Conscience and condemnation

The frequency of legislation being pushed by the White House, Congress and the Pentagon in order to suffocate the American Conscience resembles–unfortunately–parallels one would find in some dictatorships. It is a sobering realization that Obama, who’s first week in office was aimed at closing Guantanamo, now (3 years later) backs “indefinite detention” and “test before arrest” laws. The legislation aimed to boost the profits of entertainment companies and disadvantage anyone who uses the internet known as the “Stop Online Piracy Act” (SOPA) is also working its way through Congress. The Pentagon, whose insatiable war machine recently declared that killing US citizens was permissible if they had “ties” to “terrorism”–two words whose ambiguity and belligerence can make almost anyone a target.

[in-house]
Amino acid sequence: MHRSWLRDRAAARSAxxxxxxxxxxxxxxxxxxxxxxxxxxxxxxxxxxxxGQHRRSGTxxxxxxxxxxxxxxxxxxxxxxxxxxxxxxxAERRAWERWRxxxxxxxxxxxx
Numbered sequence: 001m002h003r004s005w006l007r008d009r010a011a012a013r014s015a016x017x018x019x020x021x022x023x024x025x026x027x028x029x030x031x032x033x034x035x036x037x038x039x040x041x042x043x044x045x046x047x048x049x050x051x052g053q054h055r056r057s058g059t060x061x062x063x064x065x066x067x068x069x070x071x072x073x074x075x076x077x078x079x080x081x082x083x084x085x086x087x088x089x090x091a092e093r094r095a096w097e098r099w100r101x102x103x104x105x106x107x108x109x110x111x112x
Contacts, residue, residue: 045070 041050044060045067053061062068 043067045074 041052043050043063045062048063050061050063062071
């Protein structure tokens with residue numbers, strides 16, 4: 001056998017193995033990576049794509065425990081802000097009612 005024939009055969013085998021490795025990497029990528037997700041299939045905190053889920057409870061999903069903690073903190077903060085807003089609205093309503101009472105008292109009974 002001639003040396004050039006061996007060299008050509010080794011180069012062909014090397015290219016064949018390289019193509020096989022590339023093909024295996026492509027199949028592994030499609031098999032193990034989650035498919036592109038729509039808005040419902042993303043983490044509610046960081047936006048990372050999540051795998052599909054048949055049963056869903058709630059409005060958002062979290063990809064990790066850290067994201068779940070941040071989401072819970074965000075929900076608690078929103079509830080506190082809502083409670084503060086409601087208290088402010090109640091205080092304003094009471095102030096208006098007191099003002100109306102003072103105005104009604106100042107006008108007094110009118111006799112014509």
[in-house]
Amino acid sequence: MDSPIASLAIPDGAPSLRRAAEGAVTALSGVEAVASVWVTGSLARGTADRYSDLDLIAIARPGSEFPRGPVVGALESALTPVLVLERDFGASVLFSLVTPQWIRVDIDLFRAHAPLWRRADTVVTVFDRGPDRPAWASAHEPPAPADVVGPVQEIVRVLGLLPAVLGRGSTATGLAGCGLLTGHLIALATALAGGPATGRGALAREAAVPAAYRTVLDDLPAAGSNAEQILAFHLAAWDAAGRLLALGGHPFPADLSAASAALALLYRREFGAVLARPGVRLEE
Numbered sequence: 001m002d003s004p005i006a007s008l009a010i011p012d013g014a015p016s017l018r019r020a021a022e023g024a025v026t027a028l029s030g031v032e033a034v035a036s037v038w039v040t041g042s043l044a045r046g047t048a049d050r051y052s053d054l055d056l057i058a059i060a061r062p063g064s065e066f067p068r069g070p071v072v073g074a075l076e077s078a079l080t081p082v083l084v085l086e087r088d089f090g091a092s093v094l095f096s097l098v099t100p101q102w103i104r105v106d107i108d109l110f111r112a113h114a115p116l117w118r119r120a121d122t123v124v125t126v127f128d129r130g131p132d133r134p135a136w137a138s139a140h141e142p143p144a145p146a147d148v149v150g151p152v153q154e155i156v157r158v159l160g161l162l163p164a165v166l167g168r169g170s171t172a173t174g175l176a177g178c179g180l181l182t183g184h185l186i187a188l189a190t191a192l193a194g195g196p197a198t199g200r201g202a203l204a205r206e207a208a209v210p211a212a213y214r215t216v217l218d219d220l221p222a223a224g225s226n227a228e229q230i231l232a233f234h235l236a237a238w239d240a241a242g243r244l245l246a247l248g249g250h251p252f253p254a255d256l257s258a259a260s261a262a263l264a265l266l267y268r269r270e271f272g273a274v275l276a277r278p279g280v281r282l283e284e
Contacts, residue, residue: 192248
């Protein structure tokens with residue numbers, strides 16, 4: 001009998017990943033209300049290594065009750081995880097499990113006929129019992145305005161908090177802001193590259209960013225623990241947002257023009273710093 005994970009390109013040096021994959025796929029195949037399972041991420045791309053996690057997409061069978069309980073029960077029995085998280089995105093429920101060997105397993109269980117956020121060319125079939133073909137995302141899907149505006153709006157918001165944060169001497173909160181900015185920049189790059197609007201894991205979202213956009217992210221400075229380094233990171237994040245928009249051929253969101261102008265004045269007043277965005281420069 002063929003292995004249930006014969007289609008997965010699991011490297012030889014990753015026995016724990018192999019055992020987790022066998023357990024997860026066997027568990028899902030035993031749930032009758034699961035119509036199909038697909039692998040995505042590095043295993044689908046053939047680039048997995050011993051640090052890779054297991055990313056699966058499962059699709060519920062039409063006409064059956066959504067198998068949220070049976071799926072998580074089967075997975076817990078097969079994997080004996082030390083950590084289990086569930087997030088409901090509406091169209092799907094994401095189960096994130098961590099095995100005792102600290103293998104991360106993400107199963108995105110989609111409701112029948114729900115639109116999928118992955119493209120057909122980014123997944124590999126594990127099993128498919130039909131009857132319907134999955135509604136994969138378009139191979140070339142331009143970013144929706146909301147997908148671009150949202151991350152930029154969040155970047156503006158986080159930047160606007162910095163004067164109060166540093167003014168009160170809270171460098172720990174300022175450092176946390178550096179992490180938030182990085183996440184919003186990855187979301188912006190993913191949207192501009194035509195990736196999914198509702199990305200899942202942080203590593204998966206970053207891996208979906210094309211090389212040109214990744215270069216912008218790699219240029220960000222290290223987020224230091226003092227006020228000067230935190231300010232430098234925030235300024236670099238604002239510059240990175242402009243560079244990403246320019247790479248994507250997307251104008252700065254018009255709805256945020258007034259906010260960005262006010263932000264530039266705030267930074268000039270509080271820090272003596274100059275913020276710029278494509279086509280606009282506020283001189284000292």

I hope the US does not tread the path of a Police State–like those now crumbling in the Arab World. In countries like Syria and Egypt, indefinite detention, censorship and military trials are the hallmark of brutal government repression and condemning prisoners of conscience. I share with you a clip demonstrating the folly of this medieval manner of governance and persecution in the words of Sir Thomas More in the play and movie entitled “A Man for All Seasons.” He states,

“I do none harm
I say none harm
I think none harm
And if this be not enough to keep a man alive,
then in good faith I long not to live.”

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